Dec. 08–MANKATO — Talk to the people attending the “Mankato Food Truck Ordinance Open House” Thursday night, and it’s clear they’d rather be talking about sauces than setbacks, about hot beef commercials than hours of operation, about casseroles than fire codes.
But with the arrival of the food truck craze to the Mankato area, the rules needed to be laid down and the city’s Community Development Department is close to finalizing the regulations. Thursday night was the opportunity for the public to ask questions and offer opinions.
In reality, the meeting at the Intergovernmental Center attracted almost exclusively “mobile food cart vendors” — as they’re known in the proposed ordinance. And they appeared to be generally satisfied with the regulations limiting where, when and how the trucks can do business.
“I think the rules are reasonable, and I think we should have some type of guidelines to follow,” said Greg Traylor of Mankato.
Before he talked about the ordinance, though, Traylor wanted to talk about his white barbecue sauce — looking to get a bit of advance publicity for the new food truck business he’s shooting to have in operation by April when the Food Truck Hub opens in Old Town for its first full season.
“It’s something exciting, something I’m looking forward to being a part of,” said Traylor, who has talked to Food Truck Hub developer Dain Fisher. “… They said they’re missing barbecue here in Mankato.”
Fisher’s plan to bring multiple trucks to his Old Town lot on Riverfront Drive during warm-weather days prompted the city to look at a comprehensive ordinance governing the rolling eateries long-popular in larger cities. Currently, the city’s rules govern only the location and hours of food trucks operating on public spaces, such as streets and municipal parking lots.
The new ordinance, which is expected to go before the City Council in February or March, sets rules for private property such as Fisher’s Food Truck Hub and other lots around the city. Modeled on ordinances in other Minnesota cities, the proposed rules welcome the trucks most places in the city as long as operators obtain required licenses, practice food and fire safety, shut down by 10 p.m. and follow a few other rules.
In one way, the new rules are less restrictive than the old ones: the trucks can now be 101 feet from a sit-down restaurant, rather than at least 201 feet required currently for trucks on public streets. The owners of a couple of restaurants in Old Town — Friesen’s Family Bakery and Midtown Tavern — initially opposed the Food Truck Hub, saying the truck operators would unfairly cut into their revenue by rolling in during peak eating hours without facing the property taxes and other expenses incurred by brick-and-mortar eateries.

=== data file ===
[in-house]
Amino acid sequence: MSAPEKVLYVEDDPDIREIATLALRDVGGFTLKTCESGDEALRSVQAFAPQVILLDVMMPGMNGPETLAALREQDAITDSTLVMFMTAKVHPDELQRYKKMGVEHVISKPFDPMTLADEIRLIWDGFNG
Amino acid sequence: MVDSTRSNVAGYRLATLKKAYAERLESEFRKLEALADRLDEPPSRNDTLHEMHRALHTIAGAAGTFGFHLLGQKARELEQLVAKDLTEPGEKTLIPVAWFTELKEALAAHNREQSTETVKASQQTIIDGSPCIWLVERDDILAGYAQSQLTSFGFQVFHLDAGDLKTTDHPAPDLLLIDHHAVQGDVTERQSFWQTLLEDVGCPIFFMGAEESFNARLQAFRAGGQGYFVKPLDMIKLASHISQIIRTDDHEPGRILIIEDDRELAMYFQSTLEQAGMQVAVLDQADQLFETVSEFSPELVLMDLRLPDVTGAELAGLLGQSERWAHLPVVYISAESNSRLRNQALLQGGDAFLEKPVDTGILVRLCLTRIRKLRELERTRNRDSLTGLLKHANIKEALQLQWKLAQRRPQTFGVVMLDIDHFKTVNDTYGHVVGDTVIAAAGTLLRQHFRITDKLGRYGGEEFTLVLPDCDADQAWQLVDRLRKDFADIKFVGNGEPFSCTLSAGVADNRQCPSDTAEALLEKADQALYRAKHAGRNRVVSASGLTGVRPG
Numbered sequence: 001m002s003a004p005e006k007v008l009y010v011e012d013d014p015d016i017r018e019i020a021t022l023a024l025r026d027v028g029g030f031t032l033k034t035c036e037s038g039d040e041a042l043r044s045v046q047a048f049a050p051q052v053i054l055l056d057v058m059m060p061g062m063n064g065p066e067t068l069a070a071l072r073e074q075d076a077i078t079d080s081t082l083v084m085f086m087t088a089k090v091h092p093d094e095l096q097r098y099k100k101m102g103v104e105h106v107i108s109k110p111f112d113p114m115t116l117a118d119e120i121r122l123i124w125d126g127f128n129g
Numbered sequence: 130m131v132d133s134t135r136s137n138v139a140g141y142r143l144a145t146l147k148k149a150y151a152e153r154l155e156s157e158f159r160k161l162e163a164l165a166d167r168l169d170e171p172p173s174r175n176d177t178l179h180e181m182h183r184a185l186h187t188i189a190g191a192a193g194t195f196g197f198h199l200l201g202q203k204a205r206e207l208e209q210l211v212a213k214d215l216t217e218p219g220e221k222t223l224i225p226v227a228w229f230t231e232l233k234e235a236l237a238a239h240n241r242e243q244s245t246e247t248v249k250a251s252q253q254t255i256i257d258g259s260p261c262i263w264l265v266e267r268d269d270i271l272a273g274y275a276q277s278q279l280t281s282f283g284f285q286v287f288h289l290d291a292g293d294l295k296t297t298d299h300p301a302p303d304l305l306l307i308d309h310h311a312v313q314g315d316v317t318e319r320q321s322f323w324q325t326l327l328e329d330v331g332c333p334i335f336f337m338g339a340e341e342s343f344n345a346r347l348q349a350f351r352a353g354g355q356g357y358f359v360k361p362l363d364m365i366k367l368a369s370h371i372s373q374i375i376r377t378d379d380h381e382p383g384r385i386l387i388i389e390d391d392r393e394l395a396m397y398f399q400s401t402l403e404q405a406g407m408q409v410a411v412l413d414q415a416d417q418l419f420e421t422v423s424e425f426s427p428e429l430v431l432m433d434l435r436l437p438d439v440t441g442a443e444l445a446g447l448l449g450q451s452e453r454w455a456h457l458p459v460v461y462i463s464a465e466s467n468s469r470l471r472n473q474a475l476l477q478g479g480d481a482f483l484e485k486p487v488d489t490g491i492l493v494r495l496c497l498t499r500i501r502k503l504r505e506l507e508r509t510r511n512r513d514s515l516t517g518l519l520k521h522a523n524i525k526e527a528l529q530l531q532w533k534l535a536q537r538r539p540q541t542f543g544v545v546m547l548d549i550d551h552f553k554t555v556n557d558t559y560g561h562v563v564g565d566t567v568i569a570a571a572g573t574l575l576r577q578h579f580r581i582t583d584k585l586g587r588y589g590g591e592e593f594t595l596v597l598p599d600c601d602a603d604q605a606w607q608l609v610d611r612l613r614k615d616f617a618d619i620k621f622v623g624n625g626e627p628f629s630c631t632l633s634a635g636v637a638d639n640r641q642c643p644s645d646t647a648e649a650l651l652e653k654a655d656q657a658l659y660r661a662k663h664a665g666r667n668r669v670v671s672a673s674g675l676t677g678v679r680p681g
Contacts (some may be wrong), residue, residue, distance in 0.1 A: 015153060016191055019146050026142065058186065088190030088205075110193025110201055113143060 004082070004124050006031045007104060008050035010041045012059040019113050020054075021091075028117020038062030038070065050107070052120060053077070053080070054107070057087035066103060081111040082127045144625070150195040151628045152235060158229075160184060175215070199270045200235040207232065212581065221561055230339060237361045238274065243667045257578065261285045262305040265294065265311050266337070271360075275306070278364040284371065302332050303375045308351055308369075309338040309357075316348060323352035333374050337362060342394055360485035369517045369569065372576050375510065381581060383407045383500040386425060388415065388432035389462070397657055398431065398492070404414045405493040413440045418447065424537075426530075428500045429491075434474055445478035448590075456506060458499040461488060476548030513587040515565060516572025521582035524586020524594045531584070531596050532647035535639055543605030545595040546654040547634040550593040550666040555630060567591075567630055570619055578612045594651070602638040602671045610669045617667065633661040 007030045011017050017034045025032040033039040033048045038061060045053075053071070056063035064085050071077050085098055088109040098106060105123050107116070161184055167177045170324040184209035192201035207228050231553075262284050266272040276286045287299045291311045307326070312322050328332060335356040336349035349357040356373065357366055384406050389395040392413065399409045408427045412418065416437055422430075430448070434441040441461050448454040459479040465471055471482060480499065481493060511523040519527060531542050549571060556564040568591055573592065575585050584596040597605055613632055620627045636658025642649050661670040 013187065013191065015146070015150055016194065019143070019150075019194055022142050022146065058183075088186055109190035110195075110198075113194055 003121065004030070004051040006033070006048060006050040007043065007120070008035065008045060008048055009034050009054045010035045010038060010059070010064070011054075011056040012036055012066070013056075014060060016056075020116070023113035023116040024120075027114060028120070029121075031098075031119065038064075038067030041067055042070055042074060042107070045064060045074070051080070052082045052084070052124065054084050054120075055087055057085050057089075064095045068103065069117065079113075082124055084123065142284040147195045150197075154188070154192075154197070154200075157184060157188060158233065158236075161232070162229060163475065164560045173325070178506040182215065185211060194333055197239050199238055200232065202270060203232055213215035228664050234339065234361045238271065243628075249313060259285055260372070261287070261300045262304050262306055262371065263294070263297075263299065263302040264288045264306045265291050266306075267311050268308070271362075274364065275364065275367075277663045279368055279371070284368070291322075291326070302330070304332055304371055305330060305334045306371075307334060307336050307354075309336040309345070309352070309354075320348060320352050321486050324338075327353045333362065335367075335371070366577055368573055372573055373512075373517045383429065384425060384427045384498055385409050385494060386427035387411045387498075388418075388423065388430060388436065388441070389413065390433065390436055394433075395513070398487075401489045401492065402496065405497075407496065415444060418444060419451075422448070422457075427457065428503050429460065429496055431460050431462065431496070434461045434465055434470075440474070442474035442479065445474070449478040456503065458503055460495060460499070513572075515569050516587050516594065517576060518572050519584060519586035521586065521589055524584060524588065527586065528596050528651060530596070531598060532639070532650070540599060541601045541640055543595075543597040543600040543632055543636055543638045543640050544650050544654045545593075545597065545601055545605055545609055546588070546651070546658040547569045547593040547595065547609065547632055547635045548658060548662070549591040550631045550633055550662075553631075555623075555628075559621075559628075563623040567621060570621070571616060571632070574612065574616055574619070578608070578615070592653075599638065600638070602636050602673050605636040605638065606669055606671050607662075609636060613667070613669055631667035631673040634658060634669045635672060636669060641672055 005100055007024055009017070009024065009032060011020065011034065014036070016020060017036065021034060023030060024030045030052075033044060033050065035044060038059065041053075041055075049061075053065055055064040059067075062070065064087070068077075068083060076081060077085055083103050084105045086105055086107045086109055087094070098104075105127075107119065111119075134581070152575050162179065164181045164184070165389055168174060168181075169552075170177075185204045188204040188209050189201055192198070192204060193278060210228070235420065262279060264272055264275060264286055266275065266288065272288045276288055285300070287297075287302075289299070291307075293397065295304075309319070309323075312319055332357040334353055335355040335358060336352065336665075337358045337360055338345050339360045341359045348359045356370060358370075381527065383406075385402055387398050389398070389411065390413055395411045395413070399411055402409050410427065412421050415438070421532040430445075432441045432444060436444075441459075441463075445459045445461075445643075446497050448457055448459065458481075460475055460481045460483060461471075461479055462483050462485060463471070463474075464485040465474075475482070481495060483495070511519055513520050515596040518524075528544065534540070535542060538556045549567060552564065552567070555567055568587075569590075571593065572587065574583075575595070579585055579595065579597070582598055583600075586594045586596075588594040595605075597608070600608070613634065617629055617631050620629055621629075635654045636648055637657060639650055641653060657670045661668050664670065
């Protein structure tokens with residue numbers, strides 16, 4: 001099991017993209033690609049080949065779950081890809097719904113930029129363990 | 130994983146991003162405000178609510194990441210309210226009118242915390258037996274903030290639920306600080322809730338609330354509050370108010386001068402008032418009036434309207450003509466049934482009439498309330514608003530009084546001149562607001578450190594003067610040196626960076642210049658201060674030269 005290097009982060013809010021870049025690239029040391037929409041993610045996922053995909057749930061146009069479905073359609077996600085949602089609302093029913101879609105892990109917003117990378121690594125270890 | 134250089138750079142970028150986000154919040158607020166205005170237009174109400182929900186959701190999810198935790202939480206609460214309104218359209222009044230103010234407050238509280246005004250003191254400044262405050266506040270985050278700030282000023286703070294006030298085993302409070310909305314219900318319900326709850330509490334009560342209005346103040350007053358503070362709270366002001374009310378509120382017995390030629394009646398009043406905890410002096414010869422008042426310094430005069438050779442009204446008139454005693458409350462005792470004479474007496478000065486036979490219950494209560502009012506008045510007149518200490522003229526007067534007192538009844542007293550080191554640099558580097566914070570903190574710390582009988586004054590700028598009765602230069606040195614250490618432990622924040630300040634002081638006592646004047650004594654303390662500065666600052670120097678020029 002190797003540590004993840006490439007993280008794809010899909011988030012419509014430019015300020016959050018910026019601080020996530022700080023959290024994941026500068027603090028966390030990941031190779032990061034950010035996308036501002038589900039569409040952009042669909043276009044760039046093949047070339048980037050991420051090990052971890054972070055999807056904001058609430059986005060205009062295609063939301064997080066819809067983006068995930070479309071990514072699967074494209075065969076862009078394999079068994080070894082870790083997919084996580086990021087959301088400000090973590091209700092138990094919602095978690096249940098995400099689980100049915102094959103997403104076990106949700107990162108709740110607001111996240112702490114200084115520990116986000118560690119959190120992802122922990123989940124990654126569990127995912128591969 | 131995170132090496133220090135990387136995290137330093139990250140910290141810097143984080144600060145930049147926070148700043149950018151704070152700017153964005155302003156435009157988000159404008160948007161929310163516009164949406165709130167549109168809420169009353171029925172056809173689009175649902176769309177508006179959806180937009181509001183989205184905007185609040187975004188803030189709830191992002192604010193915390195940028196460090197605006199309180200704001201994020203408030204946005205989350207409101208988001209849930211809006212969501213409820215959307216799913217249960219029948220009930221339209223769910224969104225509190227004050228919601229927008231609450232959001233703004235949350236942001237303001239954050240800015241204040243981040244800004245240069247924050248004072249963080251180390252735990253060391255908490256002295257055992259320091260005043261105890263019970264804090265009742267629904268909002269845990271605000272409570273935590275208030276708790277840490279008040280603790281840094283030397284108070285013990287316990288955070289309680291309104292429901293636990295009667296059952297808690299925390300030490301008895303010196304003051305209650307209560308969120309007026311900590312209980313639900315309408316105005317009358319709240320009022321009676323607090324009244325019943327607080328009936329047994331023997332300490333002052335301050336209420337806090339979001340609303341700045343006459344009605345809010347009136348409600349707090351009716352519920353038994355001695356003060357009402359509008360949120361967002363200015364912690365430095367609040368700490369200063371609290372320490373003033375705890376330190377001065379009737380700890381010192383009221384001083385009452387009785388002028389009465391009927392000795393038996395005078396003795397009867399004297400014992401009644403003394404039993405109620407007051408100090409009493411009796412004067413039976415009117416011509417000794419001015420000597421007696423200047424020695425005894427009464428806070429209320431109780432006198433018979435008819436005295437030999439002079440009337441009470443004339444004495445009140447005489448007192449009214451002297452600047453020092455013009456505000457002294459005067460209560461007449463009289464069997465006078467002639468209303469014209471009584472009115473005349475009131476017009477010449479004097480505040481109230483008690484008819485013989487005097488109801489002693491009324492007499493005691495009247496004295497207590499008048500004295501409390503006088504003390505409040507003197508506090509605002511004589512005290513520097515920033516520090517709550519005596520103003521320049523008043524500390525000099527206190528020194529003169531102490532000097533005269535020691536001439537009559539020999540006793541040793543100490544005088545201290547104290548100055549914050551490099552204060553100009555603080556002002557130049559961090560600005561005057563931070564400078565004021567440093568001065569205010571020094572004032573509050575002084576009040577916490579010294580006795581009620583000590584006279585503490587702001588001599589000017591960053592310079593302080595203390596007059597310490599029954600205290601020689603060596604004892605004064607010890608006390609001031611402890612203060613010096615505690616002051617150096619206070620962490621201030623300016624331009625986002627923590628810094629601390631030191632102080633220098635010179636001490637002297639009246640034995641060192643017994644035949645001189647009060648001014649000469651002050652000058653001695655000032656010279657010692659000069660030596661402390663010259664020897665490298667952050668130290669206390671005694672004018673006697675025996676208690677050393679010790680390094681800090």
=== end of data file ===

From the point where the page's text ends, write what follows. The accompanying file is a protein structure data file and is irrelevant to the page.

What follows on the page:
The 100-foot setback for truck hubs (lots that regularly host more than three trucks) makes Fisher’s facility legal by a few feet.
Leslie Allen, owner of Allens’ Concessions, disagrees that his food truck has an unfair advantage, saying he pays property taxes on his business — he just does it indirectly.
“I sit on private property,” Allen said of his typical North Riverfront Drive location. “I pay rent. That person pays taxes.”
Allen noted that, as a small operation, he buys all of his supplies from local stores and vendors, which helps the Mankato economy.
And while he didn’t have any major complaints about the ordinance, Allen — who said his truck sells “football and baseball” food such as hamburgers, hot dogs and brats, along with a beef commercial or hamburger steak dinner — would like food trucks to be granted all the privileges of a restaurant.
Filling out a survey at the city open house, he noted his answer regarding hours of operation: “I put ’24/7. You don’t restrict brick-and-mortar restaurants, why restrict us?’ We’re both doing the same thing.”
Nearby, Daniel and April Miller — their toddler in tow — were scoping out the ordinance, along with fire code regulations spelled out by Mankato firefighter Bill Bowser and Minnesota Health Department rules explained by Environmental Health Specialist David Reimann.
The New Richland couple is preparing to construct a food truck in time for spring.
“We were wanting to do it before, but finding out about the Hub was a big bonus,” April Miller said. “That really encouraged us.”
They’re still finalizing a name for their truck, but it will offer sandwiches and “comfort foods” such as a daily hotdish. The Millers plan to be in Mankato two days a week and also make regular stops in Waseca, Owatonna and Albert Lea.
Traylor, by the way, has absolutely settled on a name for his barbecue-themed food truck.
“TNT Eats,” he said. “Where the food is the bomb!”
And even on a night where the focus was on the mundane but important rules and regulations of food service, Traylor was excited about what’s coming to town.
“If everybody’s following the same play book, I think we’ll have an interesting food scene here in Mankato,” he said.
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